> I can't comment on possible illegal activity. In any activity, many

people
> try to gain advantage. Cycling is no different.
>
> Dan
>
 
O

OMC

Guest
John Forrest Tomlinson <[email protected]> wrote in message news:<[email protected]>...
> Yall don't get it. If people think the evidence that Amstrong, or US
> Postal is on drugs that the do so well in the Tour de France, they'e
> mistaken. The reason to (sadly) suspect anyone riding at a high level
> in the sport is that lots of pro athletes in cycling (and other
> sports) are on drugs. It's widespread.
>
> People ask me if Armstrong is on drugs. I can only say "It wouldn't
> surprise me." Because in all likelihood between 30 and 95% of the
> guys at the top of the sport are.
>
> JT


Wow..........so we have narrowed it down to 30%-95% use drugs.
**** with that kind of scientific based fact, you can really
clean up the sport. Lets just say 95% are doping, and instead of
looking for the drug users, we only look for the 5% that's clean and
sack the rest.....problem solved. It's always amazing to hear the
guilty guys claim that 95% is dirty, must make their justification for
doping that much easier for them.


"OMC"
 
J

Jim Flom

Guest
"OMC" wrote...
> John Forrest Tomlinson wrote...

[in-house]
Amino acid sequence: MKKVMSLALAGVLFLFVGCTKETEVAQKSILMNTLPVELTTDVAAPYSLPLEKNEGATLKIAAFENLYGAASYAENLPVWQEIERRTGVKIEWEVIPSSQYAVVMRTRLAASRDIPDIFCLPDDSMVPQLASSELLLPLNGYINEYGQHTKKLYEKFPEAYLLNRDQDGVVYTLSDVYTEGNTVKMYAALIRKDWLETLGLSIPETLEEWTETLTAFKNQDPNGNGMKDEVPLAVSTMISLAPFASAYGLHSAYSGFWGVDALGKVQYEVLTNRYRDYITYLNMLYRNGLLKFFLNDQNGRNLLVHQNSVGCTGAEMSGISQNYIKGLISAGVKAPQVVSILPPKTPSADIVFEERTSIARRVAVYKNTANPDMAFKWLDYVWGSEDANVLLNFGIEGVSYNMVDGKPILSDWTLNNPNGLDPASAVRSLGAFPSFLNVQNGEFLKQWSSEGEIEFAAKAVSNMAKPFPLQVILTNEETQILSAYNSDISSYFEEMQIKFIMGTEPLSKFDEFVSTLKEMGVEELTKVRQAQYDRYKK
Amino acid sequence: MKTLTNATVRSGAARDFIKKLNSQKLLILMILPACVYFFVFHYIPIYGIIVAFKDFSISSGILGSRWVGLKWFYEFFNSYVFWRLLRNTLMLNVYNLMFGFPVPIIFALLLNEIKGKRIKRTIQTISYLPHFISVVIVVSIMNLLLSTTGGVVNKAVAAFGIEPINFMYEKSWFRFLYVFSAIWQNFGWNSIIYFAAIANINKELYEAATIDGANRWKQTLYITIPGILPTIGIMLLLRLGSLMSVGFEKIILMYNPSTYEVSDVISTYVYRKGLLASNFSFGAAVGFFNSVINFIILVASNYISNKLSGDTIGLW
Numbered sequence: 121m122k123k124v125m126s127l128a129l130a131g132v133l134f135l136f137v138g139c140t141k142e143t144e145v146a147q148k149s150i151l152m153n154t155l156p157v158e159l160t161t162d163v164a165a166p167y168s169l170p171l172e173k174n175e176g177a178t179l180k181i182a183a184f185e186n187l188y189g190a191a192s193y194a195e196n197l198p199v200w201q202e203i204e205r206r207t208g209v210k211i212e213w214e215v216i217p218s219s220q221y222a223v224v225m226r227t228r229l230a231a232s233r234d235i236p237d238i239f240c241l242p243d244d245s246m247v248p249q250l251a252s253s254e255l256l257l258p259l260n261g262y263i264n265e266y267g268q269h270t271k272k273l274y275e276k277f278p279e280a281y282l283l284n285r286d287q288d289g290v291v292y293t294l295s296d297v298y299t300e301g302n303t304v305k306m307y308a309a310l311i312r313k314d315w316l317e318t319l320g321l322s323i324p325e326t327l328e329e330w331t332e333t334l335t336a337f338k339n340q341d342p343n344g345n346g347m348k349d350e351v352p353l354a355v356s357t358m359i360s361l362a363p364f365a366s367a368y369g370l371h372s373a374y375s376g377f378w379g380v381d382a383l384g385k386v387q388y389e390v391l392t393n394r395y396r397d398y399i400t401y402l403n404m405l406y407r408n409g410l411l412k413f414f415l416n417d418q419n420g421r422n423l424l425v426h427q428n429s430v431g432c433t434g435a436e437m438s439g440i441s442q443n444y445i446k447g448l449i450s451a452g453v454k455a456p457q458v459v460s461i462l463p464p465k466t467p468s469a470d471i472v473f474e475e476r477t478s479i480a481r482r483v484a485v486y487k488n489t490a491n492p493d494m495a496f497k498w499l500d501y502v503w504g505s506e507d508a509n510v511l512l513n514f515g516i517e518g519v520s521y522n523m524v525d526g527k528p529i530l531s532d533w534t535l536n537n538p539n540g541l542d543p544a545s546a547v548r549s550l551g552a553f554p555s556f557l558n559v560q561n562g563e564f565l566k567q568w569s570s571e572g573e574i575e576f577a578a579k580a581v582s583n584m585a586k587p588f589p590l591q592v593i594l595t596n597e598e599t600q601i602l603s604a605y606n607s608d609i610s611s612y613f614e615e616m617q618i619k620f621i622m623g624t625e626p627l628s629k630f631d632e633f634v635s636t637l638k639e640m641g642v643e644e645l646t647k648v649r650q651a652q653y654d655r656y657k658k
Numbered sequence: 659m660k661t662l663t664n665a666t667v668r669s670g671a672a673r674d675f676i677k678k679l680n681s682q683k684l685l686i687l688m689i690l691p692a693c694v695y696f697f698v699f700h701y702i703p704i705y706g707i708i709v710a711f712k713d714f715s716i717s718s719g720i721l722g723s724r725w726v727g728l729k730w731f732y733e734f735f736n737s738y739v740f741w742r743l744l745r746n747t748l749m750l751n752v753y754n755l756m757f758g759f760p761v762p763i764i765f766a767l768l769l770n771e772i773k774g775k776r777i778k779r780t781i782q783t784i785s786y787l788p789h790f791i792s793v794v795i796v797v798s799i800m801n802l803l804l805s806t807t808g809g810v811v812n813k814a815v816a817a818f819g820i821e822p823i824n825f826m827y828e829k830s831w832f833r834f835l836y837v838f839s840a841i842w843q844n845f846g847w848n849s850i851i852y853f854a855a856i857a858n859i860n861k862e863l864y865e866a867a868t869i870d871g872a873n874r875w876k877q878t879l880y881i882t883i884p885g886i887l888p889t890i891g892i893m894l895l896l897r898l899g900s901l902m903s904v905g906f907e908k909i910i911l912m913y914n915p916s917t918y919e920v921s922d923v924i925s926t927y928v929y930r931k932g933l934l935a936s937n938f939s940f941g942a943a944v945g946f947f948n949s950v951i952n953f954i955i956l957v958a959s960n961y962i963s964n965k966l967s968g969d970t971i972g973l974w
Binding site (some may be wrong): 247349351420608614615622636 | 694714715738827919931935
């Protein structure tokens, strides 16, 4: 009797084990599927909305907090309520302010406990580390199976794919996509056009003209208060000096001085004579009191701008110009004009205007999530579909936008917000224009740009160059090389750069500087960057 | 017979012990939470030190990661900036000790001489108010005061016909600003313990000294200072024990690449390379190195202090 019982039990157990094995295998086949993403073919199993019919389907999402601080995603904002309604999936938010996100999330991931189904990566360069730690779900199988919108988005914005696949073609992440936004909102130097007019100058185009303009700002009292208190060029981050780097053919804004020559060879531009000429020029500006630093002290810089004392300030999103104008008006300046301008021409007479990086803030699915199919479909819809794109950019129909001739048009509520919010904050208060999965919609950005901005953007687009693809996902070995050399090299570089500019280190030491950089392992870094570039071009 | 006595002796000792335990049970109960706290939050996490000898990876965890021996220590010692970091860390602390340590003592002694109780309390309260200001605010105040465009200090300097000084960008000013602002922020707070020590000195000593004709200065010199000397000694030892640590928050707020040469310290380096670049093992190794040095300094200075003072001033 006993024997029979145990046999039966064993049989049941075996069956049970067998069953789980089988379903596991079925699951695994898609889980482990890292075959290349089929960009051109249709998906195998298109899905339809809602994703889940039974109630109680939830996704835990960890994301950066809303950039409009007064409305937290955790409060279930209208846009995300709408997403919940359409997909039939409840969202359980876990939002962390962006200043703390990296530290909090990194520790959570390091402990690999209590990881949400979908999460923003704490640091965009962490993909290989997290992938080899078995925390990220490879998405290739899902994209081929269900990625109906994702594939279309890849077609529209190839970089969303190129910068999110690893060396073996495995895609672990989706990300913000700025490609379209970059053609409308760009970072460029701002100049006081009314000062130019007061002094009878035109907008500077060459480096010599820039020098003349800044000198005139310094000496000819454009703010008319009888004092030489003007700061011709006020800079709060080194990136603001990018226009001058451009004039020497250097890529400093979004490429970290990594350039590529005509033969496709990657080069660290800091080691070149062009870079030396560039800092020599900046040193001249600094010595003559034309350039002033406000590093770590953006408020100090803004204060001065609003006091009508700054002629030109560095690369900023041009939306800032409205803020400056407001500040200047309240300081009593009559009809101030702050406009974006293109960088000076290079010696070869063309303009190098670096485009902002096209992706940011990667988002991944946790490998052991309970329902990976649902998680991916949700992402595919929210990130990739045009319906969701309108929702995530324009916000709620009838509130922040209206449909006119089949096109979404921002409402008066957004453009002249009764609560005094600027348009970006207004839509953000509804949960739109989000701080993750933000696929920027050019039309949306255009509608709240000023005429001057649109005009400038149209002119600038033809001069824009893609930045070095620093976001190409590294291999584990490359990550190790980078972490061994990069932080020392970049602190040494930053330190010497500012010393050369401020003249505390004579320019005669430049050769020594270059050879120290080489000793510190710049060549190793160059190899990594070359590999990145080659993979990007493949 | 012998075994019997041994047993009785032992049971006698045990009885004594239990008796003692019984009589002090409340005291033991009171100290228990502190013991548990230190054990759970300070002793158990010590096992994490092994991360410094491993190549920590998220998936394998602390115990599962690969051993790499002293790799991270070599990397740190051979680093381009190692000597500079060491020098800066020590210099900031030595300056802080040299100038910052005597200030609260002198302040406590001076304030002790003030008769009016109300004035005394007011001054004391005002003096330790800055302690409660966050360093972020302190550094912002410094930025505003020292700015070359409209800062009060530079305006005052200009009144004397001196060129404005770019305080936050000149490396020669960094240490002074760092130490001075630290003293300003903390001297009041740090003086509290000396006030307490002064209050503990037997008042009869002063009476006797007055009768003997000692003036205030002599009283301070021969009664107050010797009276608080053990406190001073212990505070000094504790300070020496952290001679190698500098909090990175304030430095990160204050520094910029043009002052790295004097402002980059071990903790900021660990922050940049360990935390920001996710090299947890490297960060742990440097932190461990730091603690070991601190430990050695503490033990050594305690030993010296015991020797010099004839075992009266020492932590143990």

> >
> > in all likelihood between 30 and 95% of the
> > guys at the top of the sport are.
> >
> > JT

>
> Wow..........so we have narrowed it down to 30%-95% use drugs.


You're really putting yourself out there with that one John.
 
K

Kenny

Guest
USPS is the best TOUR team. The best team overall is T-Mobile.


Kenny
 
K

Kenny

Guest
USPS is the best TOUR team. The best team overall is T-Mobile.


Kenny
 
K

Kenny

Guest
USPS is the best TOUR team. The best team overall is T-Mobile.


Kenny
 
B

B. Lafferty

Guest
"OMC" <[email protected]> wrote in message
news:[email protected]
> John Forrest Tomlinson <[email protected]> wrote in message

news:<[email protected]>...
> > Yall don't get it. If people think the evidence that Amstrong, or US
> > Postal is on drugs that the do so well in the Tour de France, they'e
> > mistaken. The reason to (sadly) suspect anyone riding at a high level
> > in the sport is that lots of pro athletes in cycling (and other
> > sports) are on drugs. It's widespread.
> >
> > People ask me if Armstrong is on drugs. I can only say "It wouldn't
> > surprise me." Because in all likelihood between 30 and 95% of the
> > guys at the top of the sport are.
> >
> > JT

>
> Wow..........so we have narrowed it down to 30%-95% use drugs.
> **** with that kind of scientific based fact, you can really
> clean up the sport. Lets just say 95% are doping, and instead of
> looking for the drug users, we only look for the 5% that's clean and